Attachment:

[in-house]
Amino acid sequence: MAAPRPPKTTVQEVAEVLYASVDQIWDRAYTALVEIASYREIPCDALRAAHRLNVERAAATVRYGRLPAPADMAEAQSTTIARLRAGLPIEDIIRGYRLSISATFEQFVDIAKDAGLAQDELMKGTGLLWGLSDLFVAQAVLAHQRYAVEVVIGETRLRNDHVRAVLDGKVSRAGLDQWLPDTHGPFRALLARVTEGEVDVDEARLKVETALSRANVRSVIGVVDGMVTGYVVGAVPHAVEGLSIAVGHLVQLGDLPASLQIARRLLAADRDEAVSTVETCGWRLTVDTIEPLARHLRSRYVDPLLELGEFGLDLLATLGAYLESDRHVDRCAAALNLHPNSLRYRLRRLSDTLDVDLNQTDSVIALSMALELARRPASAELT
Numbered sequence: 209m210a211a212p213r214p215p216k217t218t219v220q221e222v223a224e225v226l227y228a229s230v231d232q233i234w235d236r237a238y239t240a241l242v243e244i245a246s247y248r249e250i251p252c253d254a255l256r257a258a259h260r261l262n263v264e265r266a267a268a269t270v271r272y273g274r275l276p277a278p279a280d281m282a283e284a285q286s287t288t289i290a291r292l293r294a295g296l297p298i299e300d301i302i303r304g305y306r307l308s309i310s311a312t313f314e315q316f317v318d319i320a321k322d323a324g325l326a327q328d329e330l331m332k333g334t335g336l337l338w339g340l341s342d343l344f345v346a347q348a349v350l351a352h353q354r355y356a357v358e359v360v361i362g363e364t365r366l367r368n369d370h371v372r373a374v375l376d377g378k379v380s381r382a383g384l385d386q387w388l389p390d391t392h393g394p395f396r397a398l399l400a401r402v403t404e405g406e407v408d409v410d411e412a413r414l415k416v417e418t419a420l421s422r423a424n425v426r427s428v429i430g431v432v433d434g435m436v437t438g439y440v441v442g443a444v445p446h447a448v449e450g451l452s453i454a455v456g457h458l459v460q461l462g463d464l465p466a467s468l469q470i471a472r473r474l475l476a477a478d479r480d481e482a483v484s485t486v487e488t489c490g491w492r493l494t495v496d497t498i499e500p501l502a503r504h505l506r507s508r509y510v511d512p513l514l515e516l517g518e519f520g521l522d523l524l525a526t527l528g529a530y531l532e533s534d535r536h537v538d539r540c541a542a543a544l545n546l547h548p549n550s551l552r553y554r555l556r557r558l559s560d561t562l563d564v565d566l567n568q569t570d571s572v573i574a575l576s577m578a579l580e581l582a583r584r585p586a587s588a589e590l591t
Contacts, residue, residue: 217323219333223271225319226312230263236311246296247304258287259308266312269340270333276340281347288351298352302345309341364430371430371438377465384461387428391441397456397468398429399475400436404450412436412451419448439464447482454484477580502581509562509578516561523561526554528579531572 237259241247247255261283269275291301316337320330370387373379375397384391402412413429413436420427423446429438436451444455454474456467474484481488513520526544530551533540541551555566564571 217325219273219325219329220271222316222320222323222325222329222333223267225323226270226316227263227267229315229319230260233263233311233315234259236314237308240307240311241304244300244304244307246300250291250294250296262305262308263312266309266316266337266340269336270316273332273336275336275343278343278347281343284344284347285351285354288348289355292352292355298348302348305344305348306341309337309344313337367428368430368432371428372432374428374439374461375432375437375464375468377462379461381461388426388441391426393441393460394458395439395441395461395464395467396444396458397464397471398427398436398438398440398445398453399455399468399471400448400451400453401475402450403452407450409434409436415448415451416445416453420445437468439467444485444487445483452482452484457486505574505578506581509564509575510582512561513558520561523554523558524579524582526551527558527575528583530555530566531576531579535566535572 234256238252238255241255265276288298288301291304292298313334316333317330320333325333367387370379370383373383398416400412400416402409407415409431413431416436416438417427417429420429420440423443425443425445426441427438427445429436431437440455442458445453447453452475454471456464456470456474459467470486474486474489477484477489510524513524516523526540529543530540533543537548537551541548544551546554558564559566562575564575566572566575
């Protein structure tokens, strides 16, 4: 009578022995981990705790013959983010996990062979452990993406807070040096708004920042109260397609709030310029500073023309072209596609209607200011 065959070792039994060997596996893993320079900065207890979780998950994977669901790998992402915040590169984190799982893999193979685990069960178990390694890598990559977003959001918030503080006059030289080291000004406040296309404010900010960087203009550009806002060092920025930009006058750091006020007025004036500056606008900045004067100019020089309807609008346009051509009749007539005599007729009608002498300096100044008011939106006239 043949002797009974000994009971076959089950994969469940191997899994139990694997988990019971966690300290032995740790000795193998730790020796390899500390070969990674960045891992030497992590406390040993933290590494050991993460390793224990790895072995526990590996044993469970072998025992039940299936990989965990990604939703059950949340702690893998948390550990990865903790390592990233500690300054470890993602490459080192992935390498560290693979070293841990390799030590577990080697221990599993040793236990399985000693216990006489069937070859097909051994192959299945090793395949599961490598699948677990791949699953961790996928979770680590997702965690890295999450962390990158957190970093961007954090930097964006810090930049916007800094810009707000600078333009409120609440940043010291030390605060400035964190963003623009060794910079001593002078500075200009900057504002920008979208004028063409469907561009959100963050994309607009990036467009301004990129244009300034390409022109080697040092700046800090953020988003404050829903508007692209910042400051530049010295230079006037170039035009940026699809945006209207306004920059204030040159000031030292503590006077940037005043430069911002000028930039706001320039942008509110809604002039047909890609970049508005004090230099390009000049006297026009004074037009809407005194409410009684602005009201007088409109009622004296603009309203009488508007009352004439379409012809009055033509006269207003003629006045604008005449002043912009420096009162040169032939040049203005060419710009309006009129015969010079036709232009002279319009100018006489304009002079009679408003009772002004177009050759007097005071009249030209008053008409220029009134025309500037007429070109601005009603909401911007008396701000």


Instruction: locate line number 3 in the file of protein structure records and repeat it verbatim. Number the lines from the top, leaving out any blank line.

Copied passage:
Numbered sequence: 209m210a211a212p213r214p215p216k217t218t219v220q221e222v223a224e225v226l227y228a229s230v231d232q233i234w235d236r237a238y239t240a241l242v243e244i245a246s247y248r249e250i251p252c253d254a255l256r257a258a259h260r261l262n263v264e265r266a267a268a269t270v271r272y273g274r275l276p277a278p279a280d281m282a283e284a285q286s287t288t289i290a291r292l293r294a295g296l297p298i299e300d301i302i303r304g305y306r307l308s309i310s311a312t313f314e315q316f317v318d319i320a321k322d323a324g325l326a327q328d329e330l331m332k333g334t335g336l337l338w339g340l341s342d343l344f345v346a347q348a349v350l351a352h353q354r355y356a357v358e359v360v361i362g363e364t365r366l367r368n369d370h371v372r373a374v375l376d377g378k379v380s381r382a383g384l385d386q387w388l389p390d391t392h393g394p395f396r397a398l399l400a401r402v403t404e405g406e407v408d409v410d411e412a413r414l415k416v417e418t419a420l421s422r423a424n425v426r427s428v429i430g431v432v433d434g435m436v437t438g439y440v441v442g443a444v445p446h447a448v449e450g451l452s453i454a455v456g457h458l459v460q461l462g463d464l465p466a467s468l469q470i471a472r473r474l475l476a477a478d479r480d481e482a483v484s485t486v487e488t489c490g491w492r493l494t495v496d497t498i499e500p501l502a503r504h505l506r507s508r509y510v511d512p513l514l515e516l517g518e519f520g521l522d523l524l525a526t527l528g529a530y531l532e533s534d535r536h537v538d539r540c541a542a543a544l545n546l547h548p549n550s551l552r553y554r555l556r557r558l559s560d561t562l563d564v565d566l567n568q569t570d571s572v573i574a575l576s577m578a579l580e581l582a583r584r585p586a587s588a589e590l591t